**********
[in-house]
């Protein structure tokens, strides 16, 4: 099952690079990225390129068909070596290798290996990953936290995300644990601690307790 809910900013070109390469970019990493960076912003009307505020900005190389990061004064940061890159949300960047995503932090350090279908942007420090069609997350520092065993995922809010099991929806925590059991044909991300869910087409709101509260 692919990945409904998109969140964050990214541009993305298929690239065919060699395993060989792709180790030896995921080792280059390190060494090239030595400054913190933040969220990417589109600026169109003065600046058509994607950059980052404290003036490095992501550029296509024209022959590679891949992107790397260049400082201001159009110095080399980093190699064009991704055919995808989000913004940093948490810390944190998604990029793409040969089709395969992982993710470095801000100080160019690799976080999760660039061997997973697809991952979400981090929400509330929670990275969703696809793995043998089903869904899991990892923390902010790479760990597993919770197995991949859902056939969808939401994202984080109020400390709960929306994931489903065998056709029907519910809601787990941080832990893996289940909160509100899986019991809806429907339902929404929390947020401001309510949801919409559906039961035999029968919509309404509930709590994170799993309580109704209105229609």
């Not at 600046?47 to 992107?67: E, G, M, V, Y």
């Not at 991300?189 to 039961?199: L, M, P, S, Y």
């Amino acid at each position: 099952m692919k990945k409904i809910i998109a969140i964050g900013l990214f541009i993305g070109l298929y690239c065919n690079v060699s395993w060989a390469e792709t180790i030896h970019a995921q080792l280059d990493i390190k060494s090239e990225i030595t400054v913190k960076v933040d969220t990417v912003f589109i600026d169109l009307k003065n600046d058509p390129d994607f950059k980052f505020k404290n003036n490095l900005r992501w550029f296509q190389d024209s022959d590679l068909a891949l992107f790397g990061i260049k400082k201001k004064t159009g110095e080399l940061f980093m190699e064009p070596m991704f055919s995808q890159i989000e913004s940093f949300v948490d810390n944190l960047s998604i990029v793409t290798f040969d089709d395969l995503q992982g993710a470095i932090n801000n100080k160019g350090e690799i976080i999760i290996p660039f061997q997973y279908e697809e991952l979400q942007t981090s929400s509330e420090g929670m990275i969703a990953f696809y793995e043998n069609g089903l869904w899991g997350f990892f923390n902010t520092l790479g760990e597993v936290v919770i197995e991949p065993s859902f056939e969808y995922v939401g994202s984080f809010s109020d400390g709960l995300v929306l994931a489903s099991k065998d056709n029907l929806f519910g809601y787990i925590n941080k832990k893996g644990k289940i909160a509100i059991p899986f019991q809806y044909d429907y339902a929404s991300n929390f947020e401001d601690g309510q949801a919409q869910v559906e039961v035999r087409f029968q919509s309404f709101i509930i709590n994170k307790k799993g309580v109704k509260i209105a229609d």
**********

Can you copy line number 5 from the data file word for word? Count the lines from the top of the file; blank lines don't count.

């Amino acid at each position: 099952m692919k990945k409904i809910i998109a969140i964050g900013l990214f541009i993305g070109l298929y690239c065919n690079v060699s395993w060989a390469e792709t180790i030896h970019a995921q080792l280059d990493i390190k060494s090239e990225i030595t400054v913190k960076v933040d969220t990417v912003f589109i600026d169109l009307k003065n600046d058509p390129d994607f950059k980052f505020k404290n003036n490095l900005r992501w550029f296509q190389d024209s022959d590679l068909a891949l992107f790397g990061i260049k400082k201001k004064t159009g110095e080399l940061f980093m190699e064009p070596m991704f055919s995808q890159i989000e913004s940093f949300v948490d810390n944190l960047s998604i990029v793409t290798f040969d089709d395969l995503q992982g993710a470095i932090n801000n100080k160019g350090e690799i976080i999760i290996p660039f061997q997973y279908e697809e991952l979400q942007t981090s929400s509330e420090g929670m990275i969703a990953f696809y793995e043998n069609g089903l869904w899991g997350f990892f923390n902010t520092l790479g760990e597993v936290v919770i197995e991949p065993s859902f056939e969808y995922v939401g994202s984080f809010s109020d400390g709960l995300v929306l994931a489903s099991k065998d056709n029907l929806f519910g809601y787990i925590n941080k832990k893996g644990k289940i909160a509100i059991p899986f019991q809806y044909d429907y339902a929404s991300n929390f947020e401001d601690g309510q949801a919409q869910v559906e039961v035999r087409f029968q919509s309404f709101i509930i709590n994170k307790k799993g309580v109704k509260i209105a229609d």